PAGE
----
The minister, of course, will retain authority to direct the board on the activities of the regional director and the board must comply. This would occur upon a report from the provincial director. This provides some measure of ministerial responsibility; however, it is not direct responsibility. The minister, once this act is legislated, will not be directly responsible and therefore not directly accountable.

AN HON. MEMBER: (Inaudible).

MS S. OSBORNE: Mr. Speaker, would you like to give that member -

MR. SPEAKER: Order, please!

MS S. OSBORNE: Thank you. I do not mind sitting down and giving him a few minutes.

Cabinet will appoint the provincial director. Clearly, accountability is confused and diffused. Protection of the public interest is best achieved when there is clear and direct accountability specified in law. Under the current bill, accountability is to a variety of positions, each appointed differently.

In the case of system failure, or in the case of personal failure, it would be extremely difficult to assess responsibility. Then there will be the appointment by the minister of the ministerial advisory committee. This committee will review the act every two years and report to the House of Assembly.

The first problem that I see with this situation is that the committee is an appointed one and not an independent one and will not receive remuneration. Secondly, the committee is not granted any power or any authority to review documents or reports. Its mandate is not spelled out and therefore its review can be as brief as it wishes, or it can be as exhaustive as it decides. It can only be assumed that support for the committee will come from the department and this will further undermine the independence of this committee.

If this committee is appointed by the department: the department appointed us, therefore we are responsible to the department, and therefore it will undermine its independence. It won't really be at arm's length. It won't be independent of this government. What we are talking about here - we need something at arm's length, outside the House of the Assembly, not having to report to the minister, not having to report to Cabinet, an independent person completely outside of this House.

For these reasons this new act respecting children, youth and family services should have included the appointment of a children's advocate. I cannot understand why the minister keeps avoiding a children's advocate. She has discussed accountability measures. The one measure that would provide the most accountability on behalf of the children, she has avoided. That is the children's advocate.

Is there a fear that a child advocate would focus on the shortcomings of this government? Is this government afraid of the spotlight being focused on the deficiencies that exist within it? Why do they continue to avoid the one step that would allow for true accountability?

The minister says that the Select Committee on Children's Interests had concerns about the cost that a children's advocate would have to the system. Now, the Select Committee in fact recommended an advocate, and I quote: An advocate that would be tailored to the financial position and democratic traditions of this Province.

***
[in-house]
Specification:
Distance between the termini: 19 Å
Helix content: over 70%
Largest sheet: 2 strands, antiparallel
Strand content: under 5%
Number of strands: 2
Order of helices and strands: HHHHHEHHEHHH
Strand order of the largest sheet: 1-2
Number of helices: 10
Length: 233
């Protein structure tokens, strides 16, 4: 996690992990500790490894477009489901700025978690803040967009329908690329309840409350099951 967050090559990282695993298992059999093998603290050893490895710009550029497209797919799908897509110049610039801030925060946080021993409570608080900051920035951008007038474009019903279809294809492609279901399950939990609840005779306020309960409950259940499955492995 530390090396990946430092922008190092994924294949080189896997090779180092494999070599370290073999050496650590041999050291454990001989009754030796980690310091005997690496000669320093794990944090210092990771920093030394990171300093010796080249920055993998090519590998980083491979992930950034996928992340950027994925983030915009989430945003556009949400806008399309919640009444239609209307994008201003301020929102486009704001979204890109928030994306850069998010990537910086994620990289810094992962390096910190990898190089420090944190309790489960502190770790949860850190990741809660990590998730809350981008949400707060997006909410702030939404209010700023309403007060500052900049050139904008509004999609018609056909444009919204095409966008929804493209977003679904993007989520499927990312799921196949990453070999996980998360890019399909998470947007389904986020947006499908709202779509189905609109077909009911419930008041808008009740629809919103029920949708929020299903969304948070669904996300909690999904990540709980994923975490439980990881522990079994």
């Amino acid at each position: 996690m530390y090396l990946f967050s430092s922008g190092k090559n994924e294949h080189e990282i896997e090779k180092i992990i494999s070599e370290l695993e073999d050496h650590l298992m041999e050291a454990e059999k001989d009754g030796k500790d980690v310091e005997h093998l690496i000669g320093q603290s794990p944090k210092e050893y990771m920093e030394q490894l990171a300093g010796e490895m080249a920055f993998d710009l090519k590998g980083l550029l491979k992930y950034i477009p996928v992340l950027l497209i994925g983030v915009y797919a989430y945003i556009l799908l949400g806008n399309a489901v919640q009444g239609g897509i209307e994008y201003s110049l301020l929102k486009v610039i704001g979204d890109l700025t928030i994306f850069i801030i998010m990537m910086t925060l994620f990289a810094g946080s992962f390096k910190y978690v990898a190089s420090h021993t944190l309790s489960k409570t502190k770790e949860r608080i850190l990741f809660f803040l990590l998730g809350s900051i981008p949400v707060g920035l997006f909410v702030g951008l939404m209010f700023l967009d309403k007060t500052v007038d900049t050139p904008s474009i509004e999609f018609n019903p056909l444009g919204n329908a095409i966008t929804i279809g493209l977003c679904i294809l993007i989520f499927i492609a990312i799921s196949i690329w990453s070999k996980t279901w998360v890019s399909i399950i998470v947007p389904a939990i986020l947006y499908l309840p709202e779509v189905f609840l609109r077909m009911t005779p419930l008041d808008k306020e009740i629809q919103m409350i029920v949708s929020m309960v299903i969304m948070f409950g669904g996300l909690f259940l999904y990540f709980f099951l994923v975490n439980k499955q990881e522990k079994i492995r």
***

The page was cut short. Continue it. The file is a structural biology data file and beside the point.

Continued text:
The costs that they were concerned about were those that would be entailed by the creation of a case advocate, which is why they strongly recommended a systems advocate - one which would address the larger problems found within the government system.

A case advocate would advocate on behalf of individual cases, one at a time; so that if a person was out there and they felt that they needed the services of an ombudsman-like office, they could go there. If we had a system's advocate, then that could address the larger problems in the system, and problems outside of the government, too. There would be lots of things going on in the community that a system advocate could address.

The cases that are presented, in many cases, are presented to the MHA, one on one. The MHA then acts as the advocate within the system for the children. The Select Committee saw more of a need for a systems advocate, one which could address the larger problems that exist within government and, I would say to the minister, outside of government.

The Select Committee on Children's Interests heard in the majority of presentations at the public consultations that there is, at present, no effective mechanism to represent the interests of children. The majority of presenters expressed the necessity for a children's advocate. Not that it would be nice, but that it was an absolute necessity.

A member of the Straits area child protection team who was a presenter summarized the feeling of these presenters, and I quote from her: Children do need someone to speak up for them. They are too scared to speak up sometimes. An advocate who has the responsibility, and specifically dealing with children's issues, can focus time on something like that. I think it would be great if we had that someone.